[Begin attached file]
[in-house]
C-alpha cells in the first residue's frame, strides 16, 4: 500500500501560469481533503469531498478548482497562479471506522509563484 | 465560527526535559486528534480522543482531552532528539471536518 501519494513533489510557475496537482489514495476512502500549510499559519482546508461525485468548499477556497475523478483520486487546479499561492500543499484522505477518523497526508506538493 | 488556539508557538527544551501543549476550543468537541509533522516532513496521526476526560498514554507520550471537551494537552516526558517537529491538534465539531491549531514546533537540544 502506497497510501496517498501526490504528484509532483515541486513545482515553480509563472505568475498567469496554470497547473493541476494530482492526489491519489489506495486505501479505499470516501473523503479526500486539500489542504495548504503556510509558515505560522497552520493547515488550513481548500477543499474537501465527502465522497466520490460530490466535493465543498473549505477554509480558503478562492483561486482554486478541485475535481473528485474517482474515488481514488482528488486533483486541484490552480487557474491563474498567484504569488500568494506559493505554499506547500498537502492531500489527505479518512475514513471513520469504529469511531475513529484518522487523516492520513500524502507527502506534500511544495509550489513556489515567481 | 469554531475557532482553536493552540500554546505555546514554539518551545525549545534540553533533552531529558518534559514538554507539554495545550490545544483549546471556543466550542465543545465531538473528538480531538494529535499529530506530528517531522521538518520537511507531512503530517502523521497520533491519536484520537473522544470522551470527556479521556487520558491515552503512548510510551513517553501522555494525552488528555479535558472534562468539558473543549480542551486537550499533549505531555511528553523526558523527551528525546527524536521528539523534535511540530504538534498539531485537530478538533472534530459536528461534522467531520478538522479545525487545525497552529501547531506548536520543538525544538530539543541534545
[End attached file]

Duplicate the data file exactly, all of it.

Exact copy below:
[in-house]
C-alpha cells in the first residue's frame, strides 16, 4: 500500500501560469481533503469531498478548482497562479471506522509563484 | 465560527526535559486528534480522543482531552532528539471536518 501519494513533489510557475496537482489514495476512502500549510499559519482546508461525485468548499477556497475523478483520486487546479499561492500543499484522505477518523497526508506538493 | 488556539508557538527544551501543549476550543468537541509533522516532513496521526476526560498514554507520550471537551494537552516526558517537529491538534465539531491549531514546533537540544 502506497497510501496517498501526490504528484509532483515541486513545482515553480509563472505568475498567469496554470497547473493541476494530482492526489491519489489506495486505501479505499470516501473523503479526500486539500489542504495548504503556510509558515505560522497552520493547515488550513481548500477543499474537501465527502465522497466520490460530490466535493465543498473549505477554509480558503478562492483561486482554486478541485475535481473528485474517482474515488481514488482528488486533483486541484490552480487557474491563474498567484504569488500568494506559493505554499506547500498537502492531500489527505479518512475514513471513520469504529469511531475513529484518522487523516492520513500524502507527502506534500511544495509550489513556489515567481 | 469554531475557532482553536493552540500554546505555546514554539518551545525549545534540553533533552531529558518534559514538554507539554495545550490545544483549546471556543466550542465543545465531538473528538480531538494529535499529530506530528517531522521538518520537511507531512503530517502523521497520533491519536484520537473522544470522551470527556479521556487520558491515552503512548510510551513517553501522555494525552488528555479535558472534562468539558473543549480542551486537550499533549505531555511528553523526558523527551528525546527524536521528539523534535511540530504538534498539531485537530478538533472534530459536528461534522467531520478538522479545525487545525497552529501547531506548536520543538525544538530539543541534545